on some administrative details of
the proposal.
Another example of lack of
Initiative is in the touchy prob-
lem of handling juveniles delin-
quency.
While Ann Arbor police are do-
ing a remarkable job in this area
and have offered assistance to the
sheriff's department through Sgt.
Chester Parks, made "youth bu-
reau officer" by former sheriff Lil-
lie, nothing has been done to con-
tinue the program.
Petersen said that the depart-
ment had "no particular Way" of
handling special problems such as
juveniles, alcoholics, vagrants, and
the like. He summarized his poli-
cy as follows: "If we have to use
force, we use force."
THE DEPARTMENT is not with-
out its effectiveness. It probably
equals or betters the job done by
many similar departments else-
where.
And last year his department re-
ceived the Michigan State Safety
Commission award for self- m-
provement in traffic law enforce-
ment, based on miles of patrol re-
lated to arrests and convictions
obtained, fatal accidents elimin-
ated, and accident costs reduced.
After citing this award in his
defense, Petersen said,. "I would
just like to know what I'm doing
wrong. I'd like to have the answer
to it.'
BUT THE KEY to what is wrong
lies beyond any part':ular sheriff
or department-the problems are
symptomatic of conditions which
are possible throughout Michigan.
Under the state's outdated con-
stitution, all sheriffs must be
elected for two-year terms,. are
responsible only to the voters,
and are removable ony by the
Governor.
With no "home rule," the county
legislatures have little or no pow-
er over law enforcement opera-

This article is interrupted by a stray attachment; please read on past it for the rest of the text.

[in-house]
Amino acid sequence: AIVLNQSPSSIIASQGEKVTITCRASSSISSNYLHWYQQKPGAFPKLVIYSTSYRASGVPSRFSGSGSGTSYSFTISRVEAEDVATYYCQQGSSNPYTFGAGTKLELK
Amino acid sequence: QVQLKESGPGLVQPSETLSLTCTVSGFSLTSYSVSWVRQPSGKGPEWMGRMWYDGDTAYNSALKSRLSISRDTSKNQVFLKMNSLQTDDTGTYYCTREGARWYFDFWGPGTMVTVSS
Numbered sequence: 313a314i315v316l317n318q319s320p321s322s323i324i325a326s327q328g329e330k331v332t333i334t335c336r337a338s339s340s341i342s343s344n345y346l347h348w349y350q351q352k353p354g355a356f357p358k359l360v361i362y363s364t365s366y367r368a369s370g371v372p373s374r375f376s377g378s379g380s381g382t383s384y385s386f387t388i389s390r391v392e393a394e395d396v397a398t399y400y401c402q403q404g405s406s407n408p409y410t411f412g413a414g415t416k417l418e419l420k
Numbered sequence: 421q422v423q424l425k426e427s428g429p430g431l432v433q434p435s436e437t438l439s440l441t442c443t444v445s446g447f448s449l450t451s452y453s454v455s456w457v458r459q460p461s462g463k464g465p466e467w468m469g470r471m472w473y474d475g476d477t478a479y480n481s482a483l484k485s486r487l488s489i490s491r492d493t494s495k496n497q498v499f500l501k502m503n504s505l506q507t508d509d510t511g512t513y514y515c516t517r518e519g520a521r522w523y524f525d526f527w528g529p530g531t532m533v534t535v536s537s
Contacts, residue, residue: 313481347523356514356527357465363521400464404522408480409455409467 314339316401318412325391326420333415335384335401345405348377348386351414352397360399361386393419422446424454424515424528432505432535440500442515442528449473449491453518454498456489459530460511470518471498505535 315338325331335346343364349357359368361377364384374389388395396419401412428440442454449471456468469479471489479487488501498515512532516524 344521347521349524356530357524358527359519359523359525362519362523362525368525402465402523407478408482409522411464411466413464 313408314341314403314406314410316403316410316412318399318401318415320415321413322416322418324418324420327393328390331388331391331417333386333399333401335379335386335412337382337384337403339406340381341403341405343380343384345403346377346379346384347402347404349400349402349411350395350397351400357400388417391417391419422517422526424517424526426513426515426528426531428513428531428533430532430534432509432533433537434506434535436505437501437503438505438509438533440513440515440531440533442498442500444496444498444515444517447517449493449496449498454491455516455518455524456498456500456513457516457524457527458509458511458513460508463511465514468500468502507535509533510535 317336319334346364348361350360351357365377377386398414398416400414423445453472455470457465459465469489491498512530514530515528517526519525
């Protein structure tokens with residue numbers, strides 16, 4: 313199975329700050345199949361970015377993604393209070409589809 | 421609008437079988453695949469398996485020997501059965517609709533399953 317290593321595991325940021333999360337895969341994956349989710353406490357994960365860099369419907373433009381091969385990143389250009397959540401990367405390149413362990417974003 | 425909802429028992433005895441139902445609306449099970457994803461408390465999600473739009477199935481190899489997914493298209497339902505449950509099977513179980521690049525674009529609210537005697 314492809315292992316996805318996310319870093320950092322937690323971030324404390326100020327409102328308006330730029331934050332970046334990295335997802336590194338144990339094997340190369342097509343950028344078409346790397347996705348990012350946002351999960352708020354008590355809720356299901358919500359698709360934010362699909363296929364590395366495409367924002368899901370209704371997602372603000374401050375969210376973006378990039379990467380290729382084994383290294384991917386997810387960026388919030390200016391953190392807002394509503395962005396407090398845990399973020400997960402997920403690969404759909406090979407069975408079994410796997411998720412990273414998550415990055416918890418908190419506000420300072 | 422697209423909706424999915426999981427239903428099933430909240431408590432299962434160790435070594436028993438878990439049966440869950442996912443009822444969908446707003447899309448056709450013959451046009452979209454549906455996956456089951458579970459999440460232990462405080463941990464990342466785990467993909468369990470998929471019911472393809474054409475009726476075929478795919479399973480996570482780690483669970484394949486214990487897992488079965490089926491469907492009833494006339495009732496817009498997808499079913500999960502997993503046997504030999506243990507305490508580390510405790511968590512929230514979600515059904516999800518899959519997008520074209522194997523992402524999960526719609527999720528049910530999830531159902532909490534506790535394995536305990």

tions, with the sheriff as a separ-
ate entity held accountable only
every two years.
* * *
IF THE BOARD of Supervisors
had general control over an ap-
Agreement

AFTER the message on educa-
tion, which is concerned with
people, we had a message last
week on the conservation and de-
velopment of our natural resources.
It is concerned with the lands and
the forests of America, with the
minerals and fuels beneath them,,
with the air, and with the water,
the river valleys, and the oceans.
The message itself does not con-
tain a legislative program. It is
rather a kind of ordered summary
and panorama of what in the
years needs doing about our nat-
ural environment.
THERE IS ALMOST no one, I
imagine, who would care to argue
that the objectives laid down are
false ones, and that the actions
indicated should not be taken. No
serious person, for example, would
say that there is no water problem,
particularly in the West. Or say
that a planned, rather than a hap-
hazard and helter-skelter, devel-
opment of the great river valleys,
is a wrong thing to do. Or saythat
the pollution of the streams and of
the air is not worth worrying
about. Or that the erosion of the
soil and the destruction of 'the
forests do not concern us. And so,
and so on, from research in the
de-salting of the sea water to the
setting aside of recreation areas.
Nor will there be many to deny,
I think, that the conservation of
our natural resources is a primary
interest of the nation as a whole,
an acknowledged national interest
since the founding of the Repub-
lic. The states have a great andr
essential role to play. But the lead-
ership, the planning, and the co-
ordination can come only from
the Federal government. The
boundaries of the states do not co-
incide with the boundaries of na-
ture.
This is in no sense an innova-
tion by President Kennedy on the
new frontiers. It has been estab-
lished American policy since the
states on the Atlantic Ocean be-
gan to break through the old fron-
tiers.
* * *
THE REAL PROBLEM posed by
the message is not about the na-
tional interest, or about the con-
stitutional principle of Federal
leadership. It is how such large
and varied measures are to be fi-
nanced. Over the years the conser-

port of the programs which are
still to come.
* * *
BY THE TIME these programs
come into effect, the Administra-
tion expects, so I understand, riot.
only to have overcome the present
recession. It expects also, say in
about two years, to be achieving a
higher rate of growth-to achieve
it by reducing unemployment from